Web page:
Do It Yourself Archeology
Last week I participated in an archeological dig. I really didn't want to do it. It was Sunday, the universal day of rest and Chinese take-out. Spending the day on my knees, digging through ruins, brushing off dust and hoping to find something of significance? Not on the agenda. Well, I was wrong.
It started that morning when Ellie called me, her voice shaky. "Please," she said, "it's out of control." I raced over, and it was true. The site was a disaster zone. Shoes were stacked to the ceiling. Layers of sweaters spilled from their shelves, and socks, like colorful spackle, stuck in the corners. She motioned to it, a bit ashamed. "Can you help?" she asked. "Yes," I said. "Move to another house." Really, it seemed like the only option.
The archeological dig, circa the late 1980s, was my sister's closet. I rolled up my sleeves. We had a lot of work to do.
I positioned Ellie before an honest mirror -- not one of those funhouse ones that always make you look ten pounds thinner and six inches taller. (That's right, I'm talking to you, Macy's.) You can tell a lot about a civilization from the clothes its members choose to wear. Bohemian peasant skirts from her school years. Coats with shoulder pads (early nineties.) Rhinestone studded T-shirts (retro disco.) An impulsively purchased red leather jacket. We did a little "Thriller" dance in its honor and declared the Eighties over. And, the downfall of every woman: jeans, jeans, jeans. Boot cut, skinny, straight leg. Size six jeans from college, eight while she lived in New York, and size two from some magical land in her dreams where unicorns nibble on winning lottery tickets.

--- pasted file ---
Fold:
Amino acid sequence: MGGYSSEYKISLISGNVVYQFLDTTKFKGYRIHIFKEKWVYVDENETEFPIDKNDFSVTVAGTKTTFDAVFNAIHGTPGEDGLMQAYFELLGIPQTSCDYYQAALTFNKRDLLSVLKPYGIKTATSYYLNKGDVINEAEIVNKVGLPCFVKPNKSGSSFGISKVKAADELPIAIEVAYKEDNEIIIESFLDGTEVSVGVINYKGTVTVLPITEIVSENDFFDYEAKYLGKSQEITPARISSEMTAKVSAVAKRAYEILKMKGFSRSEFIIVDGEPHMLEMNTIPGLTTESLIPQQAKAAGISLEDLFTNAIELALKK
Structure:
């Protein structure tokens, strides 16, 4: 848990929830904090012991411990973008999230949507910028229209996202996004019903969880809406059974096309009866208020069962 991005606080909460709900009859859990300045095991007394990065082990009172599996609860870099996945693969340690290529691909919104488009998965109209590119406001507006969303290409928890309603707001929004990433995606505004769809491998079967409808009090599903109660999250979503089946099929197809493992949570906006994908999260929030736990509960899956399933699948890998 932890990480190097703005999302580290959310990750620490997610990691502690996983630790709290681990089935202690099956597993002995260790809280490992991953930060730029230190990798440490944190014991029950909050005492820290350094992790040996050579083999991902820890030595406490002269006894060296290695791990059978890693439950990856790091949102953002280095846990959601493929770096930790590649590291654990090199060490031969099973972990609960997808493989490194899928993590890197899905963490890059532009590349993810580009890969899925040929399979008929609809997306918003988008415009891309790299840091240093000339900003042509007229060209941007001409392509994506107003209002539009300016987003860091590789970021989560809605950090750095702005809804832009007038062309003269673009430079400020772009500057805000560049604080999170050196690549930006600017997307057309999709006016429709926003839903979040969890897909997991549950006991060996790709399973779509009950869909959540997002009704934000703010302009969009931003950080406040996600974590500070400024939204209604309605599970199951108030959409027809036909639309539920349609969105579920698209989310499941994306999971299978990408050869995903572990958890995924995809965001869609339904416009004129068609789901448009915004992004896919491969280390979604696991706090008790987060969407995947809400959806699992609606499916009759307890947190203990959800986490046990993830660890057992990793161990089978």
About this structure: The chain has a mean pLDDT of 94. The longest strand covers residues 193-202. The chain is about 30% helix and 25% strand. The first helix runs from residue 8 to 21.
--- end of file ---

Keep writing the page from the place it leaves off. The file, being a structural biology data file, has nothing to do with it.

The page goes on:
The process of selection was harsh and swift. I would hold up an item and ask all the scientific questions: "How old is it?" "Does it still look good?" "Will you ever wear it again?" (And, of pink suede cowboy boots, "What were you thinking?") Little by little, as we filled bags for a local charity, we began to unearth an actual closet filled with wearable clothes that fit. Finally I shouted, "I can see it!" And there it was, the floor. Covered with dust and in desperate need of cleaning. But I had come prepared for the adventure. After a quick vacuuming and a scrub of the baseboards with some Seventh Generation Natural All Purpose Cleaner, we sat back on our heels and let out our breath. In the end it took six brutal hours of digging, stopping only for water, apple slices, and jelly beans. I can safely say, having been there as well for the birth of Ellie's son, this was more labor intensive. But at least this time I went home with a pair of leather boots. (Closet, one. Baby, zero.)
Although it may not make any scientific journals, I can officially report that the archeological dig was a huge success. Now there is nothing in Ellie's closet older than her teenage son -- or the century. Have you done any excavating in your closet lately?